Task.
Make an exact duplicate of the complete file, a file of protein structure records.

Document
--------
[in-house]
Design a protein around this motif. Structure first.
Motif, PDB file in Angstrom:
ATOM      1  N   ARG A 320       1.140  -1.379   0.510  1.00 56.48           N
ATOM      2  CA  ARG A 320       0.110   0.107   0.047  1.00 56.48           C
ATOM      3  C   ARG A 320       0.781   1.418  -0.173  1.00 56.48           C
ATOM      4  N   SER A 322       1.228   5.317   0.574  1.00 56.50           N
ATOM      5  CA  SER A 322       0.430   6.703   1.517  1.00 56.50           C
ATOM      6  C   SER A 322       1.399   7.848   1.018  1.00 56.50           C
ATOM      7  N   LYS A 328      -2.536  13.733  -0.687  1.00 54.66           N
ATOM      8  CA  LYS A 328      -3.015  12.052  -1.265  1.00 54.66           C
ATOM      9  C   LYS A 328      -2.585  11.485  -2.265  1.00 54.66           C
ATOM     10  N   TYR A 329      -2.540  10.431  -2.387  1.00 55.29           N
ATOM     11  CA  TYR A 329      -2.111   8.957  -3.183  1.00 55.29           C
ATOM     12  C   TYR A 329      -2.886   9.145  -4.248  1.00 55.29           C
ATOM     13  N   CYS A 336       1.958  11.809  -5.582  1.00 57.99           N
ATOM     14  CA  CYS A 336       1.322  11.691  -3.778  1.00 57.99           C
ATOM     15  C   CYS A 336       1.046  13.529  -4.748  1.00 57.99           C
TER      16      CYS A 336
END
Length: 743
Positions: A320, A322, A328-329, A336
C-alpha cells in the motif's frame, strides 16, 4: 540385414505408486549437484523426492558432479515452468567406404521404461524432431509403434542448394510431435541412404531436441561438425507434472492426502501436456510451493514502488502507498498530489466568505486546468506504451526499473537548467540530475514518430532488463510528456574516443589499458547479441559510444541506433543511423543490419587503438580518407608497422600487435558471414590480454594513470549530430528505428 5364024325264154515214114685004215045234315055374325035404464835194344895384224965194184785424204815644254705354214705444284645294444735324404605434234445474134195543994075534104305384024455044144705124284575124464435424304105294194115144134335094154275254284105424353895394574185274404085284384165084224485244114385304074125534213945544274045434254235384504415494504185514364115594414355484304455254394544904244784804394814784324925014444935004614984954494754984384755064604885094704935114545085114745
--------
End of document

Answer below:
[in-house]
Design a protein around this motif. Structure first.
Motif, PDB file in Angstrom:
ATOM      1  N   ARG A 320       1.140  -1.379   0.510  1.00 56.48           N
ATOM      2  CA  ARG A 320       0.110   0.107   0.047  1.00 56.48           C
ATOM      3  C   ARG A 320       0.781   1.418  -0.173  1.00 56.48           C
ATOM      4  N   SER A 322       1.228   5.317   0.574  1.00 56.50           N
ATOM      5  CA  SER A 322       0.430   6.703   1.517  1.00 56.50           C
ATOM      6  C   SER A 322       1.399   7.848   1.018  1.00 56.50           C
ATOM      7  N   LYS A 328      -2.536  13.733  -0.687  1.00 54.66           N
ATOM      8  CA  LYS A 328      -3.015  12.052  -1.265  1.00 54.66           C
ATOM      9  C   LYS A 328      -2.585  11.485  -2.265  1.00 54.66           C
ATOM     10  N   TYR A 329      -2.540  10.431  -2.387  1.00 55.29           N
ATOM     11  CA  TYR A 329      -2.111   8.957  -3.183  1.00 55.29           C
ATOM     12  C   TYR A 329      -2.886   9.145  -4.248  1.00 55.29           C
ATOM     13  N   CYS A 336       1.958  11.809  -5.582  1.00 57.99           N
ATOM     14  CA  CYS A 336       1.322  11.691  -3.778  1.00 57.99           C
ATOM     15  C   CYS A 336       1.046  13.529  -4.748  1.00 57.99           C
TER      16      CYS A 336
END
Length: 743
Positions: A320, A322, A328-329, A336
C-alpha cells in the motif's frame, strides 16, 4: 540385414505408486549437484523426492558432479515452468567406404521404461524432431509403434542448394510431435541412404531436441561438425507434472492426502501436456510451493514502488502507498498530489466568505486546468506504451526499473537548467540530475514518430532488463510528456574516443589499458547479441559510444541506433543511423543490419587503438580518407608497422600487435558471414590480454594513470549530430528505428 5364024325264154515214114685004215045234315055374325035404464835194344895384224965194184785424204815644254705354214705444284645294444735324404605434234445474134195543994075534104305384024455044144705124284575124464435424304105294194115144134335094154275254284105424353895394574185274404085284384165084224485244114385304074125534213945544274045434254235384504415494504185514364115594414355484304455254394544904244784804394814784324925014444935004614984954494754984384755064604885094704935114545085114745